Arts as Engines of Growth & Vitality

From Carol White, Associate Director of Grants —

This quarter’s Commission meeting, held in Nashville on November 30, focused on goal two of our current strategic plan. The goal, Arts as Engines of Growth & Vitality, supports our overall mission of cultivating the arts for the benefit of all Tennesseans and their communities. Two key objectives fall under this goal:

  1. to advance the arts as a driver of the creative economy and creative placemaking
  2. to strengthen civic engagement and community vitality through the arts

We would like to share a few strategies and tactics that the Commission has carried out thus far to effectively achieve this goal.

Objective one: advance the arts as a driver of the creative economy and creative placemaking

Arts & Economic Prosperity 5 LogoOver the course of the 2016 calendar year, Tennessee has taken part in the nationally led Arts & Economic Prosperity 5 study to document the impact of Tennessee’s creative economy. Sponsored by Americans for the Arts, this is the largest study of its kind. Data is being collected from nonprofit arts and culture organizations and audiences to measure their economic impact. The study will be released in the summer of 2017. The Commission has also made partnerships across the state so that the study will include a statewide report, as well as 9 regional reports and 25 local reports.

Knoxville Creative Placemaking mural project
Chilhowee Park mural in Knoxville.

To be a catalyst for creative placemaking initiatives in Tennessee communities, the Commission launched its Creative Placemaking Grants Competition for fiscal year 2016. The projects granted in this inaugural grant round officially completed this past September. The program continues on with 13 awards totaling $75,000 across the state for fiscal year 2017.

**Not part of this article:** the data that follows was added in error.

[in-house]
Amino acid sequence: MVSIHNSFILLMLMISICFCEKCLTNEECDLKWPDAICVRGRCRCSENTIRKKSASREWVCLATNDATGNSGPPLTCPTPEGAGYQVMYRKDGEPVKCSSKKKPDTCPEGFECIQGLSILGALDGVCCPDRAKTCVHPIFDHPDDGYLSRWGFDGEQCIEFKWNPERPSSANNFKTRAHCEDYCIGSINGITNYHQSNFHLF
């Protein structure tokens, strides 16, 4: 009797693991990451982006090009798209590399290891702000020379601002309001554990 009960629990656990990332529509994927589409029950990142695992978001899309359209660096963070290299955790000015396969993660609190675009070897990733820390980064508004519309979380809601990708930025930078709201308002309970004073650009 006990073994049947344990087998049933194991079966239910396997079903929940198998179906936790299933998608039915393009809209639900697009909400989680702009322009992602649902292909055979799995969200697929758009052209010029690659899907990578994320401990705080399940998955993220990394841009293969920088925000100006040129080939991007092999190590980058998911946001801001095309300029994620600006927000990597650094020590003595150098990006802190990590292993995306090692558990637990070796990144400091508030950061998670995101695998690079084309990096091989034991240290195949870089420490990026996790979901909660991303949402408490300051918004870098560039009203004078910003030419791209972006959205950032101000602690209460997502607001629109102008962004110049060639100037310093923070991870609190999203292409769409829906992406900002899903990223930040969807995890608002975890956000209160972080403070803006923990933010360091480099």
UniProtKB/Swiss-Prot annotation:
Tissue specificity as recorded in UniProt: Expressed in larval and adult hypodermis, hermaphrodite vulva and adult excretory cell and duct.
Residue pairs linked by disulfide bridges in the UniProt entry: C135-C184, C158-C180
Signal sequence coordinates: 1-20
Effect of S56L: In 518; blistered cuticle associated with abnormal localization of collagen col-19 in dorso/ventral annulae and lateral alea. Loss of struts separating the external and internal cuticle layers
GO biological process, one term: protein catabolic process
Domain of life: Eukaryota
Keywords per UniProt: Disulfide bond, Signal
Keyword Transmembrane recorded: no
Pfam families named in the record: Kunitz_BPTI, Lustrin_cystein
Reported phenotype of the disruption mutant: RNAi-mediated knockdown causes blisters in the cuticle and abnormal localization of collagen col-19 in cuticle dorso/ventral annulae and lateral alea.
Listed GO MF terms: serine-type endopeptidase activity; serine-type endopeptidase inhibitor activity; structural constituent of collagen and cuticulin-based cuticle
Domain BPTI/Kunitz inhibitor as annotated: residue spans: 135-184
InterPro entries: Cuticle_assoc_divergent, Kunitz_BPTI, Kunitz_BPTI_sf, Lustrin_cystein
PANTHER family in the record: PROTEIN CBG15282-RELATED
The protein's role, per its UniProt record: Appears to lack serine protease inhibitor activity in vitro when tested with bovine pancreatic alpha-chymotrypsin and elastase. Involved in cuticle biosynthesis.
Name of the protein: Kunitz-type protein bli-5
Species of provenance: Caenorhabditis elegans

The Commission invested in communities through numerous other grant categories as well. In fiscal year 2016, investments were made in 38 fairs or festivals that strengthened sense of place and drew 418,000 participants, supporting arts and cultural assets as part of Tennessee’s brand as an international tourism destination.  

Objective two: strengthen civic engagement and community vitality through the arts

The Commission seeks to incentivize social transformation and community sustainability through grant criteria of various grants, including Arts Build Communities, Funds for At-Risk Youth and Creative Placemaking—making these categories specifically address social transformation and community sustainability. Applications ask questions that allow for panel review and follow up evaluation to measure the project’s impact on the community and people being served.

Jean Horner with Fiddle
Fiddle Master Jean Horner

Further community building emphasis is put on the importance of community-driven amateur and informal arts-making primarily through the Folklife program. Folklife by definition is comprised of traditional arts and skills passed down informally from family and community members. Numerous grants are made yearly to support Folklife projects. The Arts Education Community Learning grant category is another way this strategy is carried out. In fiscal year 2016, the Commission invested $67,800 through this category in 23 projects that reported engaging 15,362 adults and 16,283 youth.

The Commission continues to support the arts in Tennessee with the intent of strengthening our communities and promoting our unique and diverse culture.